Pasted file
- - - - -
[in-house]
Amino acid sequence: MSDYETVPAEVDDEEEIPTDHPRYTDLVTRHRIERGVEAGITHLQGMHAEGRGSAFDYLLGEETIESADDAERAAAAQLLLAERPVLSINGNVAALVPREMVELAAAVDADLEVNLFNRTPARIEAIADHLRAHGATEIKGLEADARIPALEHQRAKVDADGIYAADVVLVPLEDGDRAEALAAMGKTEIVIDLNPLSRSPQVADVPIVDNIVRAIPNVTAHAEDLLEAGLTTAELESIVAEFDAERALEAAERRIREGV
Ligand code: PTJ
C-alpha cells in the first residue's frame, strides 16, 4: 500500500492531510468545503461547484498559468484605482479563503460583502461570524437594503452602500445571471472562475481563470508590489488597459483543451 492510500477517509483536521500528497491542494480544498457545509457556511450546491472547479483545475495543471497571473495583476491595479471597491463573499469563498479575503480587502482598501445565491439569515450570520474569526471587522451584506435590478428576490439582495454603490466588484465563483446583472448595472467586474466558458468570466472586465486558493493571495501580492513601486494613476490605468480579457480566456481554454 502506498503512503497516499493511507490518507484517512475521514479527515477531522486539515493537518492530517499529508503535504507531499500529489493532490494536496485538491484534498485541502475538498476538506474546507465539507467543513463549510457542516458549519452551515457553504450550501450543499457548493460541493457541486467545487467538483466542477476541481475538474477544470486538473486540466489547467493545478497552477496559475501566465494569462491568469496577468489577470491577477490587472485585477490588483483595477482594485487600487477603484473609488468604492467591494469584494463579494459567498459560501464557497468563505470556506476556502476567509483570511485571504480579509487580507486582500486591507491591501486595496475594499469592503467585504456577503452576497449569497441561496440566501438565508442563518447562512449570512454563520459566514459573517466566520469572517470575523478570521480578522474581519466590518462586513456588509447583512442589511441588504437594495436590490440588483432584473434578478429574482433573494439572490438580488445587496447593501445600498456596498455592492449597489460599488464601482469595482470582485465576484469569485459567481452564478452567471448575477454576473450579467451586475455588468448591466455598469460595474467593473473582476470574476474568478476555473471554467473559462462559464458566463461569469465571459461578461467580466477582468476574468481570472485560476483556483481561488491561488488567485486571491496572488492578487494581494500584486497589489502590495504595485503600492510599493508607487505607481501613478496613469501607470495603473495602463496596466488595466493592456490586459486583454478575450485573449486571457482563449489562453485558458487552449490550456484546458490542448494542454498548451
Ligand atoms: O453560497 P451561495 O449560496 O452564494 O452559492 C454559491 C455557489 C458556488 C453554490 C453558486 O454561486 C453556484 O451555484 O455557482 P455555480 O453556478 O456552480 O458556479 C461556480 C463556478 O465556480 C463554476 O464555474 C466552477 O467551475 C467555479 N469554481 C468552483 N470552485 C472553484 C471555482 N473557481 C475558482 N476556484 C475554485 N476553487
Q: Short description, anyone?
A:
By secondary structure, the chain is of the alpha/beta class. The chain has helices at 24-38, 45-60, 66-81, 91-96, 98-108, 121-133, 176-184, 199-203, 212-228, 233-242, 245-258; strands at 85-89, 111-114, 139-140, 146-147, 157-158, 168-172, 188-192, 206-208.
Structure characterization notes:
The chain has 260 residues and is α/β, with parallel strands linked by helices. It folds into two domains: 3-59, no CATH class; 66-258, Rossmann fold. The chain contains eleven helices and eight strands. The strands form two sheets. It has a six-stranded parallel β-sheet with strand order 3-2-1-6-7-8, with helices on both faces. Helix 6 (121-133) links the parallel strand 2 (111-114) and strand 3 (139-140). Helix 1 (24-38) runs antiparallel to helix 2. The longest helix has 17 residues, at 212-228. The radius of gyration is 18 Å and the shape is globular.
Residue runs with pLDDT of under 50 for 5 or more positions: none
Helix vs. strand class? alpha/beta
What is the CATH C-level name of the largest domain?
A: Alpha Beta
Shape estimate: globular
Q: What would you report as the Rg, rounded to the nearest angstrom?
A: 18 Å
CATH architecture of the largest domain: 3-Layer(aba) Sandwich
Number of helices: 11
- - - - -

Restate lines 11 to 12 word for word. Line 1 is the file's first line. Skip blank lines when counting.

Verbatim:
Residue runs with pLDDT of under 50 for 5 or more positions: none
Helix vs. strand class? alpha/beta